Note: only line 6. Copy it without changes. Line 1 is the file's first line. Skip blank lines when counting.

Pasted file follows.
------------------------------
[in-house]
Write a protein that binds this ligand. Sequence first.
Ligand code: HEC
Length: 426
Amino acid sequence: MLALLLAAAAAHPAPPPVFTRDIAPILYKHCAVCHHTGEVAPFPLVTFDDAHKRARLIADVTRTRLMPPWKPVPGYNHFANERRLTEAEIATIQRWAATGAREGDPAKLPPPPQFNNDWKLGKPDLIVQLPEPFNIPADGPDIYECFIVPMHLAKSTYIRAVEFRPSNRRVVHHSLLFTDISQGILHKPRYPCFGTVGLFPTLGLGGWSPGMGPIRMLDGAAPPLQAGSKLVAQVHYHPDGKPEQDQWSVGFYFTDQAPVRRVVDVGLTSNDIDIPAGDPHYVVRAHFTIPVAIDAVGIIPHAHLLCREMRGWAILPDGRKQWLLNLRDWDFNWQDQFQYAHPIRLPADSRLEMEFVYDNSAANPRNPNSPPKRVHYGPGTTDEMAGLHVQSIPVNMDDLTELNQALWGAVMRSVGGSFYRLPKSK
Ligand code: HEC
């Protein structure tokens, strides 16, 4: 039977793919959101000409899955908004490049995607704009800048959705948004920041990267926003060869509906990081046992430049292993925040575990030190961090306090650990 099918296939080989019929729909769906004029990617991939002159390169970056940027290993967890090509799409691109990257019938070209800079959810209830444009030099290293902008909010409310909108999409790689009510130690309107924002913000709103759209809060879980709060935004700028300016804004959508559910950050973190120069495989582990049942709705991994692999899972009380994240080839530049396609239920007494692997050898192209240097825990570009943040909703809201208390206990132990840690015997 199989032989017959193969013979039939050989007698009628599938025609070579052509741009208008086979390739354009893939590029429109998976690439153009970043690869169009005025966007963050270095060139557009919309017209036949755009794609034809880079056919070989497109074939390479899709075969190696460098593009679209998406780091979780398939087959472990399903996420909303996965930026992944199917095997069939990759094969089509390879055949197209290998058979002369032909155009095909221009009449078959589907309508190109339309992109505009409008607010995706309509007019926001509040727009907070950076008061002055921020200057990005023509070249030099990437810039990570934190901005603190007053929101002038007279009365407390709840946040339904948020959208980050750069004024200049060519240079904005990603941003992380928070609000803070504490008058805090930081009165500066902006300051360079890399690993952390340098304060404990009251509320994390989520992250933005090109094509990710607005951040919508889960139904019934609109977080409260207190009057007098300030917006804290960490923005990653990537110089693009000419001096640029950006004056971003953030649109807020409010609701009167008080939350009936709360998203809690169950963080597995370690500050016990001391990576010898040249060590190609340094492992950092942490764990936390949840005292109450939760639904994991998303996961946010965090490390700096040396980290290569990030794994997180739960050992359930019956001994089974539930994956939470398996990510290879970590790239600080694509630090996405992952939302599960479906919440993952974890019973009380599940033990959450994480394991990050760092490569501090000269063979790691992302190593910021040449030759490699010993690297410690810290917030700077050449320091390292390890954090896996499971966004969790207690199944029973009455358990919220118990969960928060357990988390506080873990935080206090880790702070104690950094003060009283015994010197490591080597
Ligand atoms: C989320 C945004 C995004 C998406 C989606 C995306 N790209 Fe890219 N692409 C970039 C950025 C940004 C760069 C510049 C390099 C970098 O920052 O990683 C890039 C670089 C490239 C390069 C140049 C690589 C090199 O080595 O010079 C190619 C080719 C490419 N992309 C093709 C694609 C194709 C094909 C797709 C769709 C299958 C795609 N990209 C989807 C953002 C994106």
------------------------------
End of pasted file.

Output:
Ligand code: HEC